The following is a small guide on How To Drag Race a Street Car. Street Car in this context means a domestic or import car that can be bought from a dealer and run stock or modified with aftermarket parts; i.e. not cars that are built specifically for the sport of drag racing.

If you're looking for a guide on drag racing a race car (top fuel, etc), you've got way more money than me and you can probably afford your own coach.

Making an effective show at the drag strip requires an amount of know-how and lots of practice. The goal is to accelerate from a stop to a predefined distance (see drag strip for a complete treatment) in as short an amount of time as possible. This requires a well executed launch of the car from a dead stop, and quick reactions while going down the track. I will cover both of these separately.

The Launch:

Launching a car from the starting line is an art form. Depending on your car's setup and aftermarket parts there are several different ways to approach launching the car. The goal is all the same, to get the car moving from a stop and going fast as quickly as possible.


    Many people run at the strip on street tires, or tires that are meant for every day driving. These tires offer the smallest amount of grip to be had at launch time. Cars with high torque (especially front wheel drive) cars are likely to just spin these during launch and a clutch slip should be used. All wheel drive cars suffer from this a lot less and can get reasonable traction with street tires. Drag Radials are tires that can be run on the street, but have very few grooves and tread patterns on it; they have much more flat surface area. These provide more grip at an economical price. Finally, if you want to maximize your grip on launch, drag slicks are recommended. These tires have no tread whatsoever, presenting the largest surface area of the tire to the ground as possible. Slicks should be heated up before staging by deliberately spinning them in the staging area. The staging personnel will wet down the staging area with water for you to do this if you need it.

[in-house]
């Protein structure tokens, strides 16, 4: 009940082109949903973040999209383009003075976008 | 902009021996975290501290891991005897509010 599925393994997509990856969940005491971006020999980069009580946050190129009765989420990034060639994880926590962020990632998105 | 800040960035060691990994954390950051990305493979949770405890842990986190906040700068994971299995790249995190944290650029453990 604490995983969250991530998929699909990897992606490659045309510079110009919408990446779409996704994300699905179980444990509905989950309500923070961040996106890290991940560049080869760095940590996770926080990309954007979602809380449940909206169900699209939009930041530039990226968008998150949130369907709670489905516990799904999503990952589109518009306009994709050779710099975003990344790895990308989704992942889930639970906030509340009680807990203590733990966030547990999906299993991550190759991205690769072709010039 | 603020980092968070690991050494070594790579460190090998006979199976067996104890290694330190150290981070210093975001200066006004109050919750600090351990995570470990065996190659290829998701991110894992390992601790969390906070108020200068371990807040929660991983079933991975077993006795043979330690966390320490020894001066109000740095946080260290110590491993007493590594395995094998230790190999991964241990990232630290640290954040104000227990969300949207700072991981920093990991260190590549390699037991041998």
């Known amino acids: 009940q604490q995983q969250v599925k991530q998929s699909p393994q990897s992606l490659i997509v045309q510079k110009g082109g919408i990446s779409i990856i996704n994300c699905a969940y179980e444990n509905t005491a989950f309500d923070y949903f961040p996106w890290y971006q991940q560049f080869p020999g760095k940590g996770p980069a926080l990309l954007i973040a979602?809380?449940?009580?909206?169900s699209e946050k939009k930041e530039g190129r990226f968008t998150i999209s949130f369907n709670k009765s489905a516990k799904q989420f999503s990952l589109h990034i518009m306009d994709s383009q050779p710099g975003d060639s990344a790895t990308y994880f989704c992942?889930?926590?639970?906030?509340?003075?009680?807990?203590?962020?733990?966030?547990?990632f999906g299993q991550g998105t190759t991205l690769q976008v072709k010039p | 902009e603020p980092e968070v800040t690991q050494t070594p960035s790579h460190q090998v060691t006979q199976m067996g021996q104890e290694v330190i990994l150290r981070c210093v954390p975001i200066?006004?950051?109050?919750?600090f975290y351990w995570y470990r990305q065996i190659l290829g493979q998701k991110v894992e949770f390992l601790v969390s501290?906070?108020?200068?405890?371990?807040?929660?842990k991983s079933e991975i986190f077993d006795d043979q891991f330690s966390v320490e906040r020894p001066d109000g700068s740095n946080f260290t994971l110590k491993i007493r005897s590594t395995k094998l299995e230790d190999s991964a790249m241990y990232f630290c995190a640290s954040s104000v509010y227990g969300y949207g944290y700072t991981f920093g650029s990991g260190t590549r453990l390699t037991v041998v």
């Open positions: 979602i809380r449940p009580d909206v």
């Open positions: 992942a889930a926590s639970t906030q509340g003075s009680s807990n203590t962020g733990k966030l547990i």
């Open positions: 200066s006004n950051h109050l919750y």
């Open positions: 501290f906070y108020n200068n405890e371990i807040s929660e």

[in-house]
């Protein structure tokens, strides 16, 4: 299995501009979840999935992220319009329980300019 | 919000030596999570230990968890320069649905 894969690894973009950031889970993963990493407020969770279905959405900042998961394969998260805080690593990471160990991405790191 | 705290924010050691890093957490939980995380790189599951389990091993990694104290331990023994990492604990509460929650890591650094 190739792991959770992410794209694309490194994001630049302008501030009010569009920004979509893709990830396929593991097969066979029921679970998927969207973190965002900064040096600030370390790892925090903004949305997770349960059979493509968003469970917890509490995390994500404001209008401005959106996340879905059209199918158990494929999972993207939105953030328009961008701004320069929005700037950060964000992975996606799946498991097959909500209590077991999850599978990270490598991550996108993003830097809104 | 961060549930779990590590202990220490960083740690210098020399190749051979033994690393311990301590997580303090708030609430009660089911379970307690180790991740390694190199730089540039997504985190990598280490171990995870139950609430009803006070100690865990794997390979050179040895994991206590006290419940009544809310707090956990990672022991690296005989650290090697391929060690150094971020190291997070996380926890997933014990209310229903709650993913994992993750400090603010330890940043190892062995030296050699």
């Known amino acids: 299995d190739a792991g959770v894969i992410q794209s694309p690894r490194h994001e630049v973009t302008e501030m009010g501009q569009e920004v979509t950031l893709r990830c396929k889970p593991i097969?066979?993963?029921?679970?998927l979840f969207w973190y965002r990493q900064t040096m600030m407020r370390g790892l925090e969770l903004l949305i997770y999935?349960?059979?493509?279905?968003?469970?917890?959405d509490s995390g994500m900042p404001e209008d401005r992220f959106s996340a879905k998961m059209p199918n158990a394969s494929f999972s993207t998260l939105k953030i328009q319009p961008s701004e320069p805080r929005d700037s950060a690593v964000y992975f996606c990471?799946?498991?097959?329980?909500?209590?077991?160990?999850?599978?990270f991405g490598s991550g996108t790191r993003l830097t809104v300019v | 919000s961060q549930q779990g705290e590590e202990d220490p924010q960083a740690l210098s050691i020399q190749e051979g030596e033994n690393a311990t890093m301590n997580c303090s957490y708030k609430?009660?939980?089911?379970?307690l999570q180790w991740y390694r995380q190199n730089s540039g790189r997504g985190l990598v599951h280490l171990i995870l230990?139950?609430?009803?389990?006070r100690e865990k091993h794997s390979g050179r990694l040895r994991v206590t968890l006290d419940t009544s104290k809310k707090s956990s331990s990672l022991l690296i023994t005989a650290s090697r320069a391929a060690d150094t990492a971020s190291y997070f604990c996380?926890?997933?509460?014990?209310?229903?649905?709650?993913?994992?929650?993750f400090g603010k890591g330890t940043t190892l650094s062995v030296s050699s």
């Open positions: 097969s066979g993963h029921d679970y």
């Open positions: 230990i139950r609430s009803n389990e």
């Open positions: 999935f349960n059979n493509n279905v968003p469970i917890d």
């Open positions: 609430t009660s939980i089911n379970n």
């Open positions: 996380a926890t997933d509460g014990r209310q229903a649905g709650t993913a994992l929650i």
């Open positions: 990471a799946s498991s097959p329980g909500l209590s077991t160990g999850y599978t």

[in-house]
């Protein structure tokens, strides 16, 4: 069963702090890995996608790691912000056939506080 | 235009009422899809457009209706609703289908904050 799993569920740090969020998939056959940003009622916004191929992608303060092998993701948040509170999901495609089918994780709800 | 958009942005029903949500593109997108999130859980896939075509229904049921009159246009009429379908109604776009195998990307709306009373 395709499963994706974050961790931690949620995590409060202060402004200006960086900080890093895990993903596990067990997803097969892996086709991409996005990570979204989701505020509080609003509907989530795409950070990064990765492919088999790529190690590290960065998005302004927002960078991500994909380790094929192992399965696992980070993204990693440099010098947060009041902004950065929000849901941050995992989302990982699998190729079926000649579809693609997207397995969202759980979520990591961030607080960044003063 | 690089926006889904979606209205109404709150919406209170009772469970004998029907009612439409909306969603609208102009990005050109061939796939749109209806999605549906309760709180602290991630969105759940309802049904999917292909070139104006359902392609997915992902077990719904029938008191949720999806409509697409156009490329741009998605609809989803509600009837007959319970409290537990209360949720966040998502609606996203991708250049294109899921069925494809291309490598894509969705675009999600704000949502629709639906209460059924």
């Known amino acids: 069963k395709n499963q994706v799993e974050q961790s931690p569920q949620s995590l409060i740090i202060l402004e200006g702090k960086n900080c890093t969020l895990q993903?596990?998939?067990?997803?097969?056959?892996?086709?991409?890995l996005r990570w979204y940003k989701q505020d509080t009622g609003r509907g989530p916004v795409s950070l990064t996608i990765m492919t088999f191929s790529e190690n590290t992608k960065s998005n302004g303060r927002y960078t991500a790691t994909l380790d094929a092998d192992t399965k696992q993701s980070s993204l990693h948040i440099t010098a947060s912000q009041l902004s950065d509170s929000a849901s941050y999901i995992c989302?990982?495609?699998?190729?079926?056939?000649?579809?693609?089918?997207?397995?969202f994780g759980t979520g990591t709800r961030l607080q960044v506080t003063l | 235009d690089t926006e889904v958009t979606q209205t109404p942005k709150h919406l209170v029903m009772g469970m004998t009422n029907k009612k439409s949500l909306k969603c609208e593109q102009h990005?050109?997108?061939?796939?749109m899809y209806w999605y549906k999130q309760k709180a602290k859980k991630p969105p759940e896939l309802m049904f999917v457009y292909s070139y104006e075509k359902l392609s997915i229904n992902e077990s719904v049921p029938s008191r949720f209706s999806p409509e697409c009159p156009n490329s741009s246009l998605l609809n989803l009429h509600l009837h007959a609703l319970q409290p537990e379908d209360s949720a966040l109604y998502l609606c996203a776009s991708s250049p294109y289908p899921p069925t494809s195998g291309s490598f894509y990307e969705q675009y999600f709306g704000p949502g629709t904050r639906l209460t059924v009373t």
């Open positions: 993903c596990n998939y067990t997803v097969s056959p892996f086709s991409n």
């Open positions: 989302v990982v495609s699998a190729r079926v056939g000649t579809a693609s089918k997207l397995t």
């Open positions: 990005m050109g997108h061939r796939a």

I won't go into the brands and varieties of clutches, but there are clutches to suit several different launch styles:

      Slipping the Clutch

      On this type of launch, typically you rev the engine to a certain RPM (5,000+), and when the tree goes green you let the clutch engage only slightly, or slip it at this high RPM, to get the car moving before you let it out completely. This can allow the car to maintain the RPMs in the power band during launch and not bog (see below). The clutch disc will heat up a lot while slipping, and will remain hot for a long time after your run. Most clutches grip LESS the hotter they are, so look out. If it is OEM it may wear out very fast with repeated slipping launches. Some clutches are designed with slipping in mind, i.e. made out of ablative materials like carbon carbon, that grip MORE the hotter they get. RPS makes a carbon carbon clutch setup.

      Clutch slipping is less stressful on the transmission and the rest of the drivetrain. Many front/rear wheel drive cars may need to use the clutch slip technique unless they are running drag radials or slicks.

      Dumping the Clutch